Pennsylvania Dutch Pickled Red Beet Eggs

I want to explore the wold of pickled eggs, pickled beets, and the combination of pickled eggs and beets. I want to shed some light on various recipes and provide a favorite pickled egg recipe, called Pennsylvania Dutch Pickled Red Beet Eggs.

Some local (Pennsylvania) readers may see the title of this post, the above picture, and below recipe and not bat an eye. I am sure most Pennsylvanians, especially those near Amish country, are very familiar with the wonderful purple and yellow visual of a halved red beet egg. However, what may come as a surprise to those readers is that this purple wonder is not ubiquitous around the nation. The term pickled egg, in the mid-Atlantic region may conjure images of a purple egg, but that isn’t the case for much of the nation. Even more interesting, where pickled eggs are purple, they don’t share the same name. It’s also important to know that pickled egg recipes tend to be different in many regions, only some of which end up purple, or more specifically, include beets.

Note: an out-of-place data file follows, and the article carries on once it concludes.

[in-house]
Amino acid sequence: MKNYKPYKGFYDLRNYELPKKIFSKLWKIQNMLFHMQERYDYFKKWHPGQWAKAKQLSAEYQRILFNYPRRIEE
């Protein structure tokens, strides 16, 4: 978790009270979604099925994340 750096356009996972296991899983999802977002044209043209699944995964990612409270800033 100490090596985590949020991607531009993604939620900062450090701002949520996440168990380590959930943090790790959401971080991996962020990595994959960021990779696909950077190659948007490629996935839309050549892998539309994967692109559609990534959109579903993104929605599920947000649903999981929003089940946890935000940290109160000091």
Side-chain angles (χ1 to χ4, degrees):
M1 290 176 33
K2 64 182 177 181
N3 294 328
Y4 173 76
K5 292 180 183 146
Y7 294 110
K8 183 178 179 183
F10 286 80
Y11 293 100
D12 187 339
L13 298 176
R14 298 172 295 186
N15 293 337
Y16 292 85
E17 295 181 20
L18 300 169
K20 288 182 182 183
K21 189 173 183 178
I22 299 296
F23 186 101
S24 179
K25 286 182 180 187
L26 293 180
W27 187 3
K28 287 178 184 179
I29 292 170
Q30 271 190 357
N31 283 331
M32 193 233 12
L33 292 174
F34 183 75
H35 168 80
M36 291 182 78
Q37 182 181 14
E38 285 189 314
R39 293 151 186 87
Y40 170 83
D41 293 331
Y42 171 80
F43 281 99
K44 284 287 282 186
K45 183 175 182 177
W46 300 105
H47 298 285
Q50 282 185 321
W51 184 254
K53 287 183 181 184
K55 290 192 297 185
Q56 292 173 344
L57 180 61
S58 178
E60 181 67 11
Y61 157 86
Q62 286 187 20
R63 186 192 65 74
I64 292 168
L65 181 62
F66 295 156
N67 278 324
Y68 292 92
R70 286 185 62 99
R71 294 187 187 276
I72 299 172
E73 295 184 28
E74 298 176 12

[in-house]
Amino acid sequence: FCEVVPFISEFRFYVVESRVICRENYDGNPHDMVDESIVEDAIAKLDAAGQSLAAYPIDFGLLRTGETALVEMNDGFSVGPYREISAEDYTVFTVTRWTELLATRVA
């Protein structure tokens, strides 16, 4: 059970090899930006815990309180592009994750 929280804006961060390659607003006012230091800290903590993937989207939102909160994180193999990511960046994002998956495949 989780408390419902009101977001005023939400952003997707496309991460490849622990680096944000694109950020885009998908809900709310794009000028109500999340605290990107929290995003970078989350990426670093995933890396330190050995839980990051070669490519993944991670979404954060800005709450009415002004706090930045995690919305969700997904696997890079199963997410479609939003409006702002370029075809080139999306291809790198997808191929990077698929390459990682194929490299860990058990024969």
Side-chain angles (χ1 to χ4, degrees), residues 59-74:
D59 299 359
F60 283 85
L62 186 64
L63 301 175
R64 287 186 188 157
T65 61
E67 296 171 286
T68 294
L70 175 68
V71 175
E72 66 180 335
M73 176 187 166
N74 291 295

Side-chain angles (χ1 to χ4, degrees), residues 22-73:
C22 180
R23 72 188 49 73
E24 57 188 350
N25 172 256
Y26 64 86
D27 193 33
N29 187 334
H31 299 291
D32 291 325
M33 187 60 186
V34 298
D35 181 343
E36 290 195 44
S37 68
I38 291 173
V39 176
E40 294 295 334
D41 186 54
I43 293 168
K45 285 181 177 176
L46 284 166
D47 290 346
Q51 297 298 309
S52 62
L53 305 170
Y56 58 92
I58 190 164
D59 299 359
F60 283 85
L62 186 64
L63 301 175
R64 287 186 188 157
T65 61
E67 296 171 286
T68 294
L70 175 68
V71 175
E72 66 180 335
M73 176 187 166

There are a number of names for pickled red beet eggs. However, purple eggs are not well distributed throughout the country. Here you can see three common names and the states where they are most common.
The popularity of the different names for pickled eggs and beets, by the numbers, is pretty similar.

Pickled Beets

This article and recipe isn’t about beets or pickled beets specifically. Pickled beets are a popular canned good all over the country. However, you can’t have red beet eggs without beets. In some recipes, you can simply add hard boiled eggs together with pickled beets in a jar, allow them to hang out in the fridge for a week and the end result will be pickled red beet eggs. However, the recipe I like to use calls for beets that aren’t yet pickled. Making the pickling brine is part of the recipe and gives you a bit more control over the flavor. However, whether pickled or not, growing and harvesting your own beets is certainly an option. Pickling and canning those beets could really speed up your pickled beets and egg recipe. Simply mix your pickled beets with hard boiled eggs in a jar and you are good to go.